Two years of pro-worker progress create jobs; SMART members directly benefit from new work opportunities

On Nov. 15, 2021, after years of political pressure from SMART and fellow unions, President Joe Biden signed the Infrastructure Investment and Jobs Act (IIJA), now known as the Bipartisan Infrastructure Law, which will invest more than $1 trillion in our nation’s crumbling infrastructure. The law promises to create good union jobs and put SMART members into action, improving indoor air quality in schools and commercial and residential buildings.

The International Training Institute (ITI), National Energy Management Institute Committee (NEMIC) and Sheet Metal Occupational Health Institute Trust (SMOHIT) will all benefit from the passage of this legislation, as the law will bolster the need for training more SMART members.

The law promises to create good union jobs and put SMART members into action, improving indoor air quality in schools and commercial and residential buildings.

Specific parts of the legislation will directly impact the SMART workforce. Below are some of the highlights of the law and where growth is anticipated over the next five years:

Energy efficiency in public schools

Under the law, the Department of Energy (DOE) will have $500 million to run a competitive grant program for public schools to make energy efficiency improvements. This program aims to improve indoor air quality and make repairs or renovations that directly reduce energy costs on school grounds.

In addition, states have been allocated funds to enhance energy security, advance energy initiatives and maximize the benefits of energy efficiency. Through additional grant programs, states are encouraged to establish initiatives to conduct commercial or residential energy audits or upgrades and retrofits.

Efficient building envelopes, testing, adjusting and balancing (TAB) and indoor air quality will be instrumental in retrofitting school buildings and new construction projects.

TAB technicians and supervisors needed

The Energy Auditor Grant Training Program will provide funding — up to $2 million per state — to train individuals to conduct audits or surveys on commercial and residential buildings. Training centers that do not already offer TAB should look to pair up with their state to apply for these grants or contact the ITI for assistance.

Opportunities to change local building codes

A total of $225 million has been designated for a competitive grant program within the Building Technologies Office to enable sustained, cost-effective implementation of updated building energy codes. This funding is designed to be distributed over five years, averaging $45 million per year.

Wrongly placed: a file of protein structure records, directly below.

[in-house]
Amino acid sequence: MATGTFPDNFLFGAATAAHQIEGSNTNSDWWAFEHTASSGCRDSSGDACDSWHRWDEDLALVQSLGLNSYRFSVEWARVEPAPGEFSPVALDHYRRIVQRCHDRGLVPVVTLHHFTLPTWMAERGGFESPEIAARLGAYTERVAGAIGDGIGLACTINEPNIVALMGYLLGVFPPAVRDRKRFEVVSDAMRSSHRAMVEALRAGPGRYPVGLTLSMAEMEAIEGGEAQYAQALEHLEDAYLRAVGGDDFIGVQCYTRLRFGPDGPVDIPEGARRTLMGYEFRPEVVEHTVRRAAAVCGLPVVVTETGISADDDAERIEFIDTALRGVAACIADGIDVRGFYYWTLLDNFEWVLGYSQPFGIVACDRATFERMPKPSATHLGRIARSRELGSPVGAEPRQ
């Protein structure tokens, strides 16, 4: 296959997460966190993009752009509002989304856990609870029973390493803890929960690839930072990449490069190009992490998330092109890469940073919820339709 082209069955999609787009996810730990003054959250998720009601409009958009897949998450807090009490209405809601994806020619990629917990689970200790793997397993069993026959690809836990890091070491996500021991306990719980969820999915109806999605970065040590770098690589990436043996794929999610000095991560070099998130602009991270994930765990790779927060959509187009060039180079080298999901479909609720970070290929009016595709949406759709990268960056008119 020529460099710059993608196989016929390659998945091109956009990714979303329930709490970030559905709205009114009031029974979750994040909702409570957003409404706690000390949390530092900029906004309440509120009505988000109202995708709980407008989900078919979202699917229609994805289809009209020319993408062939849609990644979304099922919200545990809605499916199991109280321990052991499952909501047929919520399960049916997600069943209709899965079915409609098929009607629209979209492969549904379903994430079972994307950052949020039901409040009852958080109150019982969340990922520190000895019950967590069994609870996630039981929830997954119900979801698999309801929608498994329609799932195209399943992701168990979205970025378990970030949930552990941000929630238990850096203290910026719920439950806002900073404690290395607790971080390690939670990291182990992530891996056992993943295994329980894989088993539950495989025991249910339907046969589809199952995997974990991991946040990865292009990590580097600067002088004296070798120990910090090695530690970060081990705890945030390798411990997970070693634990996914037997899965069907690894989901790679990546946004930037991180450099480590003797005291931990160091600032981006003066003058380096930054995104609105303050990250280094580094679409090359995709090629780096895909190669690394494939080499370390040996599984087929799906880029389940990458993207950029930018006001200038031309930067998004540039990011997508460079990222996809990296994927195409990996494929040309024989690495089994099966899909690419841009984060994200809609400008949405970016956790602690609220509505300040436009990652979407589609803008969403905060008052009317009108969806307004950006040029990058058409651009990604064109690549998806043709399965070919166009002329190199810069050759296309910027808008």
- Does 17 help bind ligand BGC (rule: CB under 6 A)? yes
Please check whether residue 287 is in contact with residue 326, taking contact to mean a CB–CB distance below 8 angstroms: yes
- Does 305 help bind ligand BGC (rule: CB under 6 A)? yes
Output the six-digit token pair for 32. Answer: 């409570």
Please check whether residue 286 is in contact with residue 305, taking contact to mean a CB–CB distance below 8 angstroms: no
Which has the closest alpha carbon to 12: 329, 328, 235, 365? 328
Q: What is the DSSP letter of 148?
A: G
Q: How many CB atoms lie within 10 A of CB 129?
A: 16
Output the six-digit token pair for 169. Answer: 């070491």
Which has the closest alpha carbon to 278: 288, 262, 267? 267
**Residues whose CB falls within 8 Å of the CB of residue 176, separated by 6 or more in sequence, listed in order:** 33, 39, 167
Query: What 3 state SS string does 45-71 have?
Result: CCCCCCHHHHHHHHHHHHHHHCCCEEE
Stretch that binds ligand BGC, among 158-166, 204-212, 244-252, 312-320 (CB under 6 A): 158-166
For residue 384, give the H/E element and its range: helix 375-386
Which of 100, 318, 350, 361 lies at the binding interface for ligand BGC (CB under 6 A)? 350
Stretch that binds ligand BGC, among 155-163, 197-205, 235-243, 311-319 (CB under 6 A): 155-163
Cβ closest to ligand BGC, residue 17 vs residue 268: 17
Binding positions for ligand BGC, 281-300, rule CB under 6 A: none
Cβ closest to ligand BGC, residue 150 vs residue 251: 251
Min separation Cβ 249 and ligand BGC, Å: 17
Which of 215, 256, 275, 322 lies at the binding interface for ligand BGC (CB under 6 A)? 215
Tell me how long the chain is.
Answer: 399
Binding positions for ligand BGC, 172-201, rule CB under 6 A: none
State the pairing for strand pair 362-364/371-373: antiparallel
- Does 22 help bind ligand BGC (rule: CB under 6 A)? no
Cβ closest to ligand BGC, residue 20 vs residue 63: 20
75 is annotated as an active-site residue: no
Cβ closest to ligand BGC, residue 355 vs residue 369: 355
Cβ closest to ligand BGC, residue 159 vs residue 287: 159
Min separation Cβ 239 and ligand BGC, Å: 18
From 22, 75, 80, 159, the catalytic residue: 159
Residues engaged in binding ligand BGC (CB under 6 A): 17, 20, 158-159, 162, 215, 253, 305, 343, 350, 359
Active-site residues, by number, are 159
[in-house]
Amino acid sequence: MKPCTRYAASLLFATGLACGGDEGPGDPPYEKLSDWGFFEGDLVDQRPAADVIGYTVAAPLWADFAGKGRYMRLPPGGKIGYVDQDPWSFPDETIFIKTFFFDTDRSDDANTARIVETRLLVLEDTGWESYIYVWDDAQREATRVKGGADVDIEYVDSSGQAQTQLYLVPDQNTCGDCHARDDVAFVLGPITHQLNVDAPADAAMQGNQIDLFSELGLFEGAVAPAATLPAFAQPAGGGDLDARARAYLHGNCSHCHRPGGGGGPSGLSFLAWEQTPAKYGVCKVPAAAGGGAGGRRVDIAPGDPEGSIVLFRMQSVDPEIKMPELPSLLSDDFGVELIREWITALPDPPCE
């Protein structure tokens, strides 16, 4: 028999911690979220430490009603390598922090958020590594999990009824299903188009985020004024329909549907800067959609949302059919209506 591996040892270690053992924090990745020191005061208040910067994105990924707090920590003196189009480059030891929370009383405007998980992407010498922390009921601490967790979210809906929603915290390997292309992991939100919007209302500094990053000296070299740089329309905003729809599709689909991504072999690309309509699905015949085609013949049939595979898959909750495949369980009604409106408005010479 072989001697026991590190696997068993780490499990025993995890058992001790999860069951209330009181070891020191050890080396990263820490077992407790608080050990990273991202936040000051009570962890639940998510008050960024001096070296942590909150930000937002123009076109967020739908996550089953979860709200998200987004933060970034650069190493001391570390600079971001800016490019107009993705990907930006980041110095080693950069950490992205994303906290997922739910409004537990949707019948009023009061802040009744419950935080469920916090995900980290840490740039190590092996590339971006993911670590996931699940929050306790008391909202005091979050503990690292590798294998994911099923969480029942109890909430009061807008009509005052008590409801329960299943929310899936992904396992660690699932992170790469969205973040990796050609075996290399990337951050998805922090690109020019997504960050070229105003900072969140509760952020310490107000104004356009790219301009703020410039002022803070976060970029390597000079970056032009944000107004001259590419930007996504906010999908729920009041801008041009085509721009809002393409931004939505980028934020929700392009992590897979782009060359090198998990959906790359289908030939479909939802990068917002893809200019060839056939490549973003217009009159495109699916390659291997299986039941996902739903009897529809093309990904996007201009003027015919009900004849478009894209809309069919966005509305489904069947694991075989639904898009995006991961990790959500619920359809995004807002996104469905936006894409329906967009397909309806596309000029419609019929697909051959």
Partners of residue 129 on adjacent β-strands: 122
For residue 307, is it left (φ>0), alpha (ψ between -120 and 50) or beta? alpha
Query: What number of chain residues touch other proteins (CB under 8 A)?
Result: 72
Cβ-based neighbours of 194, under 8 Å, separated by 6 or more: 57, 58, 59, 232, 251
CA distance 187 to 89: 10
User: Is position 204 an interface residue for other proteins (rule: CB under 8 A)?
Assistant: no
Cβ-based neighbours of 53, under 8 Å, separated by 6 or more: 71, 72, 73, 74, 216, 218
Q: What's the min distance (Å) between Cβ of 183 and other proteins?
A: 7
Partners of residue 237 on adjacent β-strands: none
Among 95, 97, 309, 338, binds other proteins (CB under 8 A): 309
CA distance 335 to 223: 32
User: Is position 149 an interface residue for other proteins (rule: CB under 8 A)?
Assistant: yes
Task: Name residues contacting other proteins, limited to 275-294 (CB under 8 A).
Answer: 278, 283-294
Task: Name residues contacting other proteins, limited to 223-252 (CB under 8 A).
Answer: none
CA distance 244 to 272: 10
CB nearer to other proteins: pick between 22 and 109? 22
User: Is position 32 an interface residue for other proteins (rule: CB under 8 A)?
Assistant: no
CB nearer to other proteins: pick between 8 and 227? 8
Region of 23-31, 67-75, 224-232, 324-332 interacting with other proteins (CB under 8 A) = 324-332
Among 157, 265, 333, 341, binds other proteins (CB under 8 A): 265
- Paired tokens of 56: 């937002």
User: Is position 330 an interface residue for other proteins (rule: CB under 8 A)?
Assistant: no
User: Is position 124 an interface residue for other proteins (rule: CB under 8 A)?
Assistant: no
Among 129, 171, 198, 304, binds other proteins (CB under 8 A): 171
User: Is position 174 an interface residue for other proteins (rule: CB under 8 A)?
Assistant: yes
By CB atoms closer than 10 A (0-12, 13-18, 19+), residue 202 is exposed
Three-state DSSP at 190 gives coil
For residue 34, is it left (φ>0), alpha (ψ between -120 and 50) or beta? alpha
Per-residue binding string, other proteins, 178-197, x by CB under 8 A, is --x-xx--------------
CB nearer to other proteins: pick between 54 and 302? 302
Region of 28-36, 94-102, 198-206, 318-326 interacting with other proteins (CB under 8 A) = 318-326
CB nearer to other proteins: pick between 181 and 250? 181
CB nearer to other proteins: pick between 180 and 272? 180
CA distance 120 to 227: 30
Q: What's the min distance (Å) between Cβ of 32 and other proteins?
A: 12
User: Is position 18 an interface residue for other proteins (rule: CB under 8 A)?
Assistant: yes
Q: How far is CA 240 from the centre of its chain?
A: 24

These grants are available to states and tribal governments — either alone or in partnership with local building code agencies, codes and standards developers, relevant professional organizations, local and utility energy efficiency programs or consumer advocates. The overarching goal is to help understaffed and underfunded local governments upgrade their building codes to the most up-to-date energy efficiency standards.

New markets and emerging technologies

Building information modeling (BIM) will be more important than ever. Experts are predicting that connected construction technologies like BIM will drive the construction industry in the future. A larger integration of modularization and prefabrication in the design and build process is at the forefront.

The law will open new markets for SMART members and present new challenges in the training and deployment of those members. Over the next five years, we will all need to work together to press for funding for our registered apprenticeship programs.

We have a substantial opportunity to change and update building codes at the local, state and national levels. And we have a once-in-a-generation chance to put more members to work.

Safety is paramount

When the initial hiring begins, a labor shortage is anticipated. One of the main concerns with filling a large labor gap is doing so in a safe manner. SMOHIT and the ITI have created training and have the resources needed for work to be completed correctly and safely.

Moody’s Analytics, an economic research company, projects that the law’s peak labor force impact will occur in the fourth quarter of 2025, when there will be 872,000 more jobs as a result of the law. Of those jobs, about 461,000 are expected to be in construction; 227,000 in manufacturing; 75,000 in transportation and distribution; 35,000 in government; and 73,000 in other industries.

Apprenticeships will be more important than ever as the law is implemented. While we have the tools to train the next generation of sheet metal workers, we need the companion Build Back Better legislation to provide more funding for training. If you haven’t done so already, contact your senators and tell them to pass the Build Back Better Act.

It is time to get to work rebuilding America’s infrastructure.

Kansas State Legislative Director Ty Dragoo (Local 1503, Marysville, Kan.) accepted an invitation from the federal Department of Transportation to introduce DOT Secretary Pete Buttigieg and U.S. Rep. Sharice Davids at a Jan. 28 event discussing the Infrastructure Investment and Jobs Act (IIJA) in Kansas City.

“It’s no accident when federal agencies call on our state directors to be at the table when these events happen,” said Dragoo, who has been Kansas SLD since January 2010. “Our legislative team is second to none in D.C. National Legislative Director Greg Hynes and Alt. National Legislative Director Jared Cassity are making great connections and advancing our cause.

“It’s proof when we get these calls. SMART-TD is a key stakeholder in D.C. and throughout the country.”

U.S. Rep. Sharice Davids of Kansas’s third district speaks at an event promoting the Infrastructure Investment and Jobs Act on Jan. 28 with DOT Secretary Pete Buttigieg and SMART-TD Kansas State Legislative Director Ty Dragoo to her right.